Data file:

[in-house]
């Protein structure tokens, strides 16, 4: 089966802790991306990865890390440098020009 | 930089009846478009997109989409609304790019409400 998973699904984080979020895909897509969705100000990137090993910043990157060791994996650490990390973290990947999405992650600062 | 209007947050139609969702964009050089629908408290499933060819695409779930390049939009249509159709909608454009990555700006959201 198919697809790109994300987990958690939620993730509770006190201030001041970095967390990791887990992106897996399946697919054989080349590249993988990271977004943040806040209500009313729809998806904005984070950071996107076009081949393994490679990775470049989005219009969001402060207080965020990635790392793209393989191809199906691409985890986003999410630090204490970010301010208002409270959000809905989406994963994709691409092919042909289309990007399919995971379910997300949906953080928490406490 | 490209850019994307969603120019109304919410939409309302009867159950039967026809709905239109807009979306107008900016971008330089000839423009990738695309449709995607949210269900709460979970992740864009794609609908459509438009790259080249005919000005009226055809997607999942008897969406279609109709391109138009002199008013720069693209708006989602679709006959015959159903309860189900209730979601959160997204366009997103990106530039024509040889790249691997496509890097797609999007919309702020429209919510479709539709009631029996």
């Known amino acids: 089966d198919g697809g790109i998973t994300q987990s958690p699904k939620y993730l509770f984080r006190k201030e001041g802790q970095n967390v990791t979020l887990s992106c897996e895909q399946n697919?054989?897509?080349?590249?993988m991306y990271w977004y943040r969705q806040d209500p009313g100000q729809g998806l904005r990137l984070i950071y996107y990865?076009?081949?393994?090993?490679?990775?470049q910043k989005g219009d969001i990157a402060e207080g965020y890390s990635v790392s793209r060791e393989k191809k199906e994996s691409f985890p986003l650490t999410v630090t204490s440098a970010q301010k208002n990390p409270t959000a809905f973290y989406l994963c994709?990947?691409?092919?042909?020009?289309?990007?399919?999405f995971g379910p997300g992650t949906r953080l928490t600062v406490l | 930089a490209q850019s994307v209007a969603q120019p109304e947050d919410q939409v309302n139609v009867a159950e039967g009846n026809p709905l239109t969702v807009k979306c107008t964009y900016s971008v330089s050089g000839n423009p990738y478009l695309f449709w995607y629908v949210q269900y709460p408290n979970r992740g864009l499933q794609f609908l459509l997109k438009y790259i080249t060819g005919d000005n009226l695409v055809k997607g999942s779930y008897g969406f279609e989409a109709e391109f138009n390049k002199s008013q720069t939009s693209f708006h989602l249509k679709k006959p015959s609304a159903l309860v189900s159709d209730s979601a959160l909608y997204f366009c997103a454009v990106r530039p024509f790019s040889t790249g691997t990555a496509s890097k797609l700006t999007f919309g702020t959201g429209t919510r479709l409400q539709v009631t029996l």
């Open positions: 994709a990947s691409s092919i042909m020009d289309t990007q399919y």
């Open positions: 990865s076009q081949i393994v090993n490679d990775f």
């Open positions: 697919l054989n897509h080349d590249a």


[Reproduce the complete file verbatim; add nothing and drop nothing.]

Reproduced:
[in-house]
């Protein structure tokens, strides 16, 4: 089966802790991306990865890390440098020009 | 930089009846478009997109989409609304790019409400 998973699904984080979020895909897509969705100000990137090993910043990157060791994996650490990390973290990947999405992650600062 | 209007947050139609969702964009050089629908408290499933060819695409779930390049939009249509159709909608454009990555700006959201 198919697809790109994300987990958690939620993730509770006190201030001041970095967390990791887990992106897996399946697919054989080349590249993988990271977004943040806040209500009313729809998806904005984070950071996107076009081949393994490679990775470049989005219009969001402060207080965020990635790392793209393989191809199906691409985890986003999410630090204490970010301010208002409270959000809905989406994963994709691409092919042909289309990007399919995971379910997300949906953080928490406490 | 490209850019994307969603120019109304919410939409309302009867159950039967026809709905239109807009979306107008900016971008330089000839423009990738695309449709995607949210269900709460979970992740864009794609609908459509438009790259080249005919000005009226055809997607999942008897969406279609109709391109138009002199008013720069693209708006989602679709006959015959159903309860189900209730979601959160997204366009997103990106530039024509040889790249691997496509890097797609999007919309702020429209919510479709539709009631029996």
């Known amino acids: 089966d198919g697809g790109i998973t994300q987990s958690p699904k939620y993730l509770f984080r006190k201030e001041g802790q970095n967390v990791t979020l887990s992106c897996e895909q399946n697919?054989?897509?080349?590249?993988m991306y990271w977004y943040r969705q806040d209500p009313g100000q729809g998806l904005r990137l984070i950071y996107y990865?076009?081949?393994?090993?490679?990775?470049q910043k989005g219009d969001i990157a402060e207080g965020y890390s990635v790392s793209r060791e393989k191809k199906e994996s691409f985890p986003l650490t999410v630090t204490s440098a970010q301010k208002n990390p409270t959000a809905f973290y989406l994963c994709?990947?691409?092919?042909?020009?289309?990007?399919?999405f995971g379910p997300g992650t949906r953080l928490t600062v406490l | 930089a490209q850019s994307v209007a969603q120019p109304e947050d919410q939409v309302n139609v009867a159950e039967g009846n026809p709905l239109t969702v807009k979306c107008t964009y900016s971008v330089s050089g000839n423009p990738y478009l695309f449709w995607y629908v949210q269900y709460p408290n979970r992740g864009l499933q794609f609908l459509l997109k438009y790259i080249t060819g005919d000005n009226l695409v055809k997607g999942s779930y008897g969406f279609e989409a109709e391109f138009n390049k002199s008013q720069t939009s693209f708006h989602l249509k679709k006959p015959s609304a159903l309860v189900s159709d209730s979601a959160l909608y997204f366009c997103a454009v990106r530039p024509f790019s040889t790249g691997t990555a496509s890097k797609l700006t999007f919309g702020t959201g429209t919510r479709l409400q539709v009631t029996l």
């Open positions: 994709a990947s691409s092919i042909m020009d289309t990007q399919y």
């Open positions: 990865s076009q081949i393994v090993n490679d990775f």
């Open positions: 697919l054989n897509h080349d590249a």